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Association between Physiological Signal Complexity and Outcomes in Moderate and Severe Traumatic Brain Injury: A CENTER-TBI Exploratory Analysis of Multi-Scale Entropy

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Harvard

Zeiler, FA, Ercole, A, Placek, MM, Hutchinson, PJ, Stocchetti, N, Czosnyka, M, Smielewski, P, CENTER-TBI High Resolution ICU (HR ICU) Sub-Study Participants and Investigators, Kondziella, D & Møller, K 2021, 'Association between Physiological Signal Complexity and Outcomes in Moderate and Severe Traumatic Brain Injury: A CENTER-TBI Exploratory Analysis of Multi-Scale Entropy', Journal of Neurotrauma, bind 38, nr. 2, s. 272-282. https://doi.org/10.1089/neu.2020.7249

APA

Zeiler, F. A., Ercole, A., Placek, M. M., Hutchinson, P. J., Stocchetti, N., Czosnyka, M., Smielewski, P., CENTER-TBI High Resolution ICU (HR ICU) Sub-Study Participants and Investigators, Kondziella, D., & Møller, K. (2021). Association between Physiological Signal Complexity and Outcomes in Moderate and Severe Traumatic Brain Injury: A CENTER-TBI Exploratory Analysis of Multi-Scale Entropy. Journal of Neurotrauma, 38(2), 272-282. https://doi.org/10.1089/neu.2020.7249

CBE

Zeiler FA, Ercole A, Placek MM, Hutchinson PJ, Stocchetti N, Czosnyka M, Smielewski P, CENTER-TBI High Resolution ICU (HR ICU) Sub-Study Participants and Investigators, Kondziella D, Møller K. 2021. Association between Physiological Signal Complexity and Outcomes in Moderate and Severe Traumatic Brain Injury: A CENTER-TBI Exploratory Analysis of Multi-Scale Entropy. Journal of Neurotrauma. 38(2):272-282. https://doi.org/10.1089/neu.2020.7249

MLA

Vancouver

Author

Zeiler, Frederick A ; Ercole, Ari ; Placek, Michal M ; Hutchinson, Peter J ; Stocchetti, Nino ; Czosnyka, Marek ; Smielewski, Peter ; CENTER-TBI High Resolution ICU (HR ICU) Sub-Study Participants and Investigators ; Kondziella, Daniel ; Møller, Kirsten. / Association between Physiological Signal Complexity and Outcomes in Moderate and Severe Traumatic Brain Injury : A CENTER-TBI Exploratory Analysis of Multi-Scale Entropy. I: Journal of Neurotrauma. 2021 ; Bind 38, Nr. 2. s. 272-282.

Bibtex

@article{98e2c5aa7a2248d89425013b72892b3c,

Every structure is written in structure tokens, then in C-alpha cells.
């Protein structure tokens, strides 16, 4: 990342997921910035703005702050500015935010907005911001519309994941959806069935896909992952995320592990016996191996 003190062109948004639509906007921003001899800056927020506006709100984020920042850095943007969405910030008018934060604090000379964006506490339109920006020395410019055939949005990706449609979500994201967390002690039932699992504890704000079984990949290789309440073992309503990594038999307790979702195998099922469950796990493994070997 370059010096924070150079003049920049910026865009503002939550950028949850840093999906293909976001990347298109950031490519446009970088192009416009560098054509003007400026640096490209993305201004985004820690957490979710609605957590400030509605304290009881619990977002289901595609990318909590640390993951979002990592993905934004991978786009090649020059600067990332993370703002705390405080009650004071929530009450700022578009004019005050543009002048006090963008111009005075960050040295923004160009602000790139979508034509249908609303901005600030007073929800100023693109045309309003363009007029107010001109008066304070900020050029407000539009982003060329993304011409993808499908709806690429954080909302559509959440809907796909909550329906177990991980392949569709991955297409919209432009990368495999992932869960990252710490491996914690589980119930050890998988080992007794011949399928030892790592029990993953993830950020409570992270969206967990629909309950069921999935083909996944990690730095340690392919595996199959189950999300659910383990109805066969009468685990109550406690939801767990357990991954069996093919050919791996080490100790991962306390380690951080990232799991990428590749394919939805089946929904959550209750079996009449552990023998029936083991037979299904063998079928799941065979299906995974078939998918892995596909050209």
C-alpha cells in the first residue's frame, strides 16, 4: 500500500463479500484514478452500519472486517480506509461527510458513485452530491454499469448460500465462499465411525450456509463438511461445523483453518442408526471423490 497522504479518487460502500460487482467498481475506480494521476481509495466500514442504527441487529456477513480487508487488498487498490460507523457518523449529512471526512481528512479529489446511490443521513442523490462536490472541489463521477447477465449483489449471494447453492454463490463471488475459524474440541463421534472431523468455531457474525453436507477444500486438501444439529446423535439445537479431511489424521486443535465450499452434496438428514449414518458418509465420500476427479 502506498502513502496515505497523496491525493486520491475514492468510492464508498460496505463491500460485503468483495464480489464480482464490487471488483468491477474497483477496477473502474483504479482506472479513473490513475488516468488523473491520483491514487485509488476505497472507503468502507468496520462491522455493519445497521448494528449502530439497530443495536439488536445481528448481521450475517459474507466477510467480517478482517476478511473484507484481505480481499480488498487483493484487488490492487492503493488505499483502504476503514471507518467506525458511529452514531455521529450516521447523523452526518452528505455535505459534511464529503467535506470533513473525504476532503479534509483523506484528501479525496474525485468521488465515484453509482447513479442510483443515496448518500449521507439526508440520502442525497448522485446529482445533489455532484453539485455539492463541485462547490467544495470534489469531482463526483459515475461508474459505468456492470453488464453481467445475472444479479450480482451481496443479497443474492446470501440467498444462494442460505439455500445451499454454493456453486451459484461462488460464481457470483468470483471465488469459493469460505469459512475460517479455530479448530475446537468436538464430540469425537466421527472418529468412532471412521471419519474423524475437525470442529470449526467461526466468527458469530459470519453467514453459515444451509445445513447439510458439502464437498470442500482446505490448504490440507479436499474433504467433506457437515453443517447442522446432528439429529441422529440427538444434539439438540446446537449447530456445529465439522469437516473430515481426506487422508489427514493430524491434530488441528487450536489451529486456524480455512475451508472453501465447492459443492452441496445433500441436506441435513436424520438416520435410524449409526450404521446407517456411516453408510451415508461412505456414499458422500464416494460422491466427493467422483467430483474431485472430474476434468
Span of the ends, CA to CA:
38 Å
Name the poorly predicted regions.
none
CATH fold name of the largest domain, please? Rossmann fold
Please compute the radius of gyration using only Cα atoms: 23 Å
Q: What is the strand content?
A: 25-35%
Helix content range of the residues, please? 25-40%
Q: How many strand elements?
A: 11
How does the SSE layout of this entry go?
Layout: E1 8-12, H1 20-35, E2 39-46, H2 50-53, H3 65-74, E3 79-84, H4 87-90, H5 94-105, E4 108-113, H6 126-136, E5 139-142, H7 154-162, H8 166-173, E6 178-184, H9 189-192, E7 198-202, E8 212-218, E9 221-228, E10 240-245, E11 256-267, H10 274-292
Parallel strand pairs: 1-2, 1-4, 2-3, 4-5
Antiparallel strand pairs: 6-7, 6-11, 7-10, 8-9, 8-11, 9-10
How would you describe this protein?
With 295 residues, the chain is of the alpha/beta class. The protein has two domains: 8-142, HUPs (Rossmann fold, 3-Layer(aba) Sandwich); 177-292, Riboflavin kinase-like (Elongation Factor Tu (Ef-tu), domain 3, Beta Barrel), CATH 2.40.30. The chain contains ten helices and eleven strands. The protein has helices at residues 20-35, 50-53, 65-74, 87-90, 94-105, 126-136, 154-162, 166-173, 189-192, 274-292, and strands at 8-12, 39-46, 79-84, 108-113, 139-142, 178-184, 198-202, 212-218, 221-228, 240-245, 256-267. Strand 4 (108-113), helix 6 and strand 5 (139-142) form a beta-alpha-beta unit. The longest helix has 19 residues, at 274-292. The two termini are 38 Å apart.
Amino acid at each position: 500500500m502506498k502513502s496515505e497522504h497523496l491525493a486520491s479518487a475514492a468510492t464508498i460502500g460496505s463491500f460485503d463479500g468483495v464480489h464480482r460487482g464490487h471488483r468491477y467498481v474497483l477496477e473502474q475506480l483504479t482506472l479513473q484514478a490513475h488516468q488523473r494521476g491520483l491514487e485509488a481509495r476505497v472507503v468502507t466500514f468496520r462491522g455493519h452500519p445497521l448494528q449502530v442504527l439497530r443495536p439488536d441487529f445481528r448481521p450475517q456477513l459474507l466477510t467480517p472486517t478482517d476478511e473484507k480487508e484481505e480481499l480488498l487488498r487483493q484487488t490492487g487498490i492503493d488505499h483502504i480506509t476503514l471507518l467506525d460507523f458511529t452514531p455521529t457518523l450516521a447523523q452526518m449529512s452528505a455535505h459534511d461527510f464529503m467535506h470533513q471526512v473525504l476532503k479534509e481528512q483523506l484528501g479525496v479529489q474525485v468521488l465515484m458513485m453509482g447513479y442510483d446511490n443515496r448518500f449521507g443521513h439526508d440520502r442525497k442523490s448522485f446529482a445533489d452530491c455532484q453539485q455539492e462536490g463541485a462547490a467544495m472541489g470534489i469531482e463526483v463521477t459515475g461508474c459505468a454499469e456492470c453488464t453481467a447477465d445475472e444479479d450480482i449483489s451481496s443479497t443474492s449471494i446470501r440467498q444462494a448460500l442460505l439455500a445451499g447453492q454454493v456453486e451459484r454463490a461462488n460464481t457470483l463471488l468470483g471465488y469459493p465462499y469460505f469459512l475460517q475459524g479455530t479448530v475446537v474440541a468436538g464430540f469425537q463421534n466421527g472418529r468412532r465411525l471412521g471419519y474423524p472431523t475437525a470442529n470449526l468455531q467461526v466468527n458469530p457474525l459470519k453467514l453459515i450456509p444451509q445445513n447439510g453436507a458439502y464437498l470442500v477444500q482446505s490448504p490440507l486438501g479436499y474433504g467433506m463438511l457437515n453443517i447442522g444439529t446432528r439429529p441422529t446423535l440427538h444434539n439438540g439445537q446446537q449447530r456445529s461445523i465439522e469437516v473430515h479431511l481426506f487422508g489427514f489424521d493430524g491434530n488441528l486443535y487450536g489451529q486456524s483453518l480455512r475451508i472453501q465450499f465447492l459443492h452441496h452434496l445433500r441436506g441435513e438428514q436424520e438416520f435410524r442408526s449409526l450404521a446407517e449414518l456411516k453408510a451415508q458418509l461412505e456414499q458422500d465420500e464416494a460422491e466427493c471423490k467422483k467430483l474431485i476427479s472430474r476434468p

title = "Association between Physiological Signal Complexity and Outcomes in Moderate and Severe Traumatic Brain Injury: A CENTER-TBI Exploratory Analysis of Multi-Scale Entropy",
abstract = "In traumatic brain injury (TBI), preliminary retrospective work on signal entropy suggests an association with global outcome. The goal of this study was to provide multi-center validation of the association between multi-scale entropy (MSE) of cardiovascular and cerebral physiological signals, with six-month outcome. Using the Collaborative European NeuroTrauma Effectiveness Research in TBI (CENTER-TBI) high-resolution intensive care unit (ICU) cohort, we selected patients with a minimum of 72 h of physiological recordings and a documented six-month Glasgow Outcome Scale Extended (GOSE) score. The 10-sec summary data for heart rate (HR), mean arterial pressure (MAP), intracranial pressure (ICP), and pulse amplitude of ICP (AMP) were derived across the first 72 h of data. The MSE complexity index (MSE-Ci) was determined for HR, MAP, ICP, and AMP, with the association between MSE and dichotomized six-month outcomes assessed using Mann-Whitney U testing and logistic regression analysis. A total of 160 patients had a minimum of 72 h of recording and a documented outcome. Decreased HR MSE-Ci (7.3 [interquartile range (IQR) 5.4 to 10.2] vs. 5.1 [IQR 3.1 to 7.0]; p = 0.002), lower ICP MSE-Ci (11.2 [IQR 7.5 to 14.2] vs. 7.3 [IQR 6.1 to 11.0]; p = 0.009), and lower AMP MSE-Ci (10.9 [IQR 8.0 to 13.7] vs. 8.7 [IQR 6.6 to 11.0]; p = 0.022), were associated with death. Similarly, lower HR MSE-Ci (8.0 [IQR 6.2 to 10.9] vs. 6.2 [IQR 3.9 to 8.7]; p = 0.003) and lower ICP MSE-Ci (11.4 [IQR 8.6 to 14.4)] vs. 9.2 [IQR 6.0 to 13.5]), were associated with unfavorable outcome. Logistic regression analysis confirmed that lower HR MSE-Ci and ICP MSE-Ci were associated with death and unfavorable outcome at six months. These findings suggest that a reduction in cardiovascular and cerebrovascular system entropy is associated with worse outcomes. Further work in the field of signal complexity in TBI multi-modal monitoring is required.",
keywords = "autoregulation, cerebral physiology, complexity, multi-scale entropy, outcome",
author = "Zeiler, {Frederick A} and Ari Ercole and Placek, {Michal M} and Hutchinson, {Peter J} and Nino Stocchetti and Marek Czosnyka and Peter Smielewski and {CENTER-TBI High Resolution ICU (HR ICU) Sub-Study Participants and Investigators} and Daniel Kondziella and Kirsten M{\o}ller",
year = "2021",
month = jan,
day = "15",
doi = "10.1089/neu.2020.7249",
language = "English",
volume = "38",
pages = "272--282",
journal = "Journal of Neurotrauma",